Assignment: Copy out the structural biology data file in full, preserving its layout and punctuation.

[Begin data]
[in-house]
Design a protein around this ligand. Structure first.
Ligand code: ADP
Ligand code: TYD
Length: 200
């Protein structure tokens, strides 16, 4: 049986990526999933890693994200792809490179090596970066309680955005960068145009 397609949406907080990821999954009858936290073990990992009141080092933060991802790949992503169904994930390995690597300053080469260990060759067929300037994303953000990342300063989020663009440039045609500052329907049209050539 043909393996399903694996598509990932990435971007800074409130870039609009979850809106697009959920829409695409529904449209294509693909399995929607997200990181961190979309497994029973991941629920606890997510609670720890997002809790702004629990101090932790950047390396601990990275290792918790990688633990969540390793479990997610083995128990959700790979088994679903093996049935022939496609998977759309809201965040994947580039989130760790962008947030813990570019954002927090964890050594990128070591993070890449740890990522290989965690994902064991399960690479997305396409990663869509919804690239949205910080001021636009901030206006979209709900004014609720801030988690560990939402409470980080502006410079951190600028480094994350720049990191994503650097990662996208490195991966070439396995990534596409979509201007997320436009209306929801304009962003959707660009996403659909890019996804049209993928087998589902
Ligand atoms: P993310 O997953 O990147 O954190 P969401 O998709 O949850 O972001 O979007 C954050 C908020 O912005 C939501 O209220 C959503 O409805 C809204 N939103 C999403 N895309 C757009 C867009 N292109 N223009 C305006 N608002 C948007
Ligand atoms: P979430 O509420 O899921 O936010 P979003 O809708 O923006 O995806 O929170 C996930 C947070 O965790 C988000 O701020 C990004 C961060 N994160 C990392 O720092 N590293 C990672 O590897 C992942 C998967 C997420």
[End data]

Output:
[in-house]
Design a protein around this ligand. Structure first.
Ligand code: ADP
Ligand code: TYD
Length: 200
């Protein structure tokens, strides 16, 4: 049986990526999933890693994200792809490179090596970066309680955005960068145009 397609949406907080990821999954009858936290073990990992009141080092933060991802790949992503169904994930390995690597300053080469260990060759067929300037994303953000990342300063989020663009440039045609500052329907049209050539 043909393996399903694996598509990932990435971007800074409130870039609009979850809106697009959920829409695409529904449209294509693909399995929607997200990181961190979309497994029973991941629920606890997510609670720890997002809790702004629990101090932790950047390396601990990275290792918790990688633990969540390793479990997610083995128990959700790979088994679903093996049935022939496609998977759309809201965040994947580039989130760790962008947030813990570019954002927090964890050594990128070591993070890449740890990522290989965690994902064991399960690479997305396409990663869509919804690239949205910080001021636009901030206006979209709900004014609720801030988690560990939402409470980080502006410079951190600028480094994350720049990191994503650097990662996208490195991966070439396995990534596409979509201007997320436009209306929801304009962003959707660009996403659909890019996804049209993928087998589902
Ligand atoms: P993310 O997953 O990147 O954190 P969401 O998709 O949850 O972001 O979007 C954050 C908020 O912005 C939501 O209220 C959503 O409805 C809204 N939103 C999403 N895309 C757009 C867009 N292109 N223009 C305006 N608002 C948007
Ligand atoms: P979430 O509420 O899921 O936010 P979003 O809708 O923006 O995806 O929170 C996930 C947070 O965790 C988000 O701020 C990004 C961060 N994160 C990392 O720092 N590293 C990672 O590897 C992942 C998967 C997420």